The New York Times on Tuesday published some astonishing quotes from Ben Carson's advisers describing how utterly unprepared the Republican presidential hopeful was on foreign policy matters -- in case that wasn't already evident by his shaky performances on the debate stage.
Duane R. Clarridge, a top adviser to the famed neurosurgeon on terrorism and national security, told Times reporter Trip Gabriel that the candidate needed weekly briefings on foreign policy so “we can make him smart.”
“Nobody has been able to sit down with him and have him get one iota of intelligent information about the Middle East,” Clarridge told the Times, suggesting Carson was having trouble processing the material.
Carson's campaign pushed back on Tuesday, saying Clarridge had "incomplete knowledge of the daily, not weekly briefings" the candidate receives. Carson's spokesman then upped the ante, essentially calling into question the mental capacity of Clarridge, 82.
"He is coming to the end of a long career of serving our country," Carson communications director Doug Watts said. "For The New York Times to take advantage of an elderly gentleman and use him as their foil in this story is an affront to good journalistic practices."
The Times described Clarridge as a former CIA agent with "a colorful, even legendary" history in the American intelligence community -- "someone who could have stepped out of a Hollywood thriller."
Born in New Hampshire, Clarridge, known by his childhood nickname Dewey, joined the CIA in 1955. He ran secret wars for more than 30 years, doing stints as chief of the Latin America and European divisions, as well as head of the CIA's Counterterrorist Center that he set up in 1986. Clarridge was forced to retire after he was indicted on charges of lying to Congress in what he referred to as "the Iran-Contra nonsense." (He was later pardoned.)
The scandal "had nothing to do with me, I was only a little part of the Iran thing, but the Contra thing I had nothing to do with," he said later in an interview.
After the CIA, Clarridge went private, running his own network of intelligence sources across Pakistan and Afghanistan "poolside at his home near San Diego." The network allowed him to inform military and political leaders in Washington with on-the-ground information from the Middle East, sending somewhat dubious dispatches that the Times in 2011 described as "fact, rumor, analysis and uncorroborated report."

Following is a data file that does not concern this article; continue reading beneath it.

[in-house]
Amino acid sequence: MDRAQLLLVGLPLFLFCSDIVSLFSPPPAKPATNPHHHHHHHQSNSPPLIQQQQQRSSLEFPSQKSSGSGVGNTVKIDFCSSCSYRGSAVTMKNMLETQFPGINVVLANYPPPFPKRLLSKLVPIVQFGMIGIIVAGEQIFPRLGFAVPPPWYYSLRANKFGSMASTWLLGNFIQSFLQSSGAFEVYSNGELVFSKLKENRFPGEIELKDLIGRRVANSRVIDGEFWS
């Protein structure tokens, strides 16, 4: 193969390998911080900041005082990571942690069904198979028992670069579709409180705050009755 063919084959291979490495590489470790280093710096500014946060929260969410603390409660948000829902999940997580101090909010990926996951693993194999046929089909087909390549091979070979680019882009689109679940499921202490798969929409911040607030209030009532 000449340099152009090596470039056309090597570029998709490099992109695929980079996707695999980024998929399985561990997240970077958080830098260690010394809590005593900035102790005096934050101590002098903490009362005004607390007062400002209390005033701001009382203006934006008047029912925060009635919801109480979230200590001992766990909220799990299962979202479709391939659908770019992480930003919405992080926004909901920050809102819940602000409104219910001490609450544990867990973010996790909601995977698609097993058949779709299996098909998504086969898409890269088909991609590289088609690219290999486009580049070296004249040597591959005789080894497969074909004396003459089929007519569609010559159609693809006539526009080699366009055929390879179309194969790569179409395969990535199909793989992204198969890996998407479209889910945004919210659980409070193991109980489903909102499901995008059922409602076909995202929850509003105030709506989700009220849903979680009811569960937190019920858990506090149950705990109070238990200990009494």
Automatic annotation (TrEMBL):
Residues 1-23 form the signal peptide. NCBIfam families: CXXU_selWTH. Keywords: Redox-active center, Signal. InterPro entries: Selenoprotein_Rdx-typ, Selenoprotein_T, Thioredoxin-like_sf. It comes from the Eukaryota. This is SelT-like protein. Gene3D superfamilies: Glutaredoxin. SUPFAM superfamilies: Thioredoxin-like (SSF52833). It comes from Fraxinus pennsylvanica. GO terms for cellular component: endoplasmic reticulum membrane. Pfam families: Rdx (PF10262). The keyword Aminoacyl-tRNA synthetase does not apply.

An operative belonging to that network was apparently the source of Carson's faulty intelligence on the Middle East. At the latest Republican primary debate in Milwaukee, Carson said the Chinese were involved in Syria -- a claim later later shot down the White House.
Clarridge's worldview and unflinching attitude was put on display a 2008 interview for 'The War On Democracy," a documentary by filmmaker John Pilger. In the film, Clarridge is unforgiving in his defense of U.S. actions abroad, including propping up former Chilean dictator Augusto Pinochet.
"Chile, the only reason it exists is because of Pinochet. What human price, give me a break. Thousands? What thousands?" Clarridge said of the Pinochet government's killings of political opponents.
He added later: "We are gonna protect ourselves, and we are gonna go on protecting ourselves because we end up protecting all of you. We'll intervene whenever we decide it's in our national security interest to intervene. And if you don't like it, lump it. Get used to it, world."
Another remarkable part of Clarridge's biography is his recent work in Pakistani tribal areas. According to a New York Times report, in an effort to prove his worth to the Pentagon, Clarridge directed his team to help find a young American soldier held captive by the Taliban in July 2009. The soldier had disappeared from his base in Afghanistan earlier that month.
Clarridge's team never found the soldier -- Bowe Bergdahl. But years later, Bergdahl found his way back to America as part of an infamous prisoner swap with the Taliban, executed by the Obama administration.
Clarridge went on to insist that Bergdahl was high on hashish at the time he was captured. Carson, meanwhile, criticized the swap.
This article has been updated to include Clarridge's involvement in the search for Bergdahl.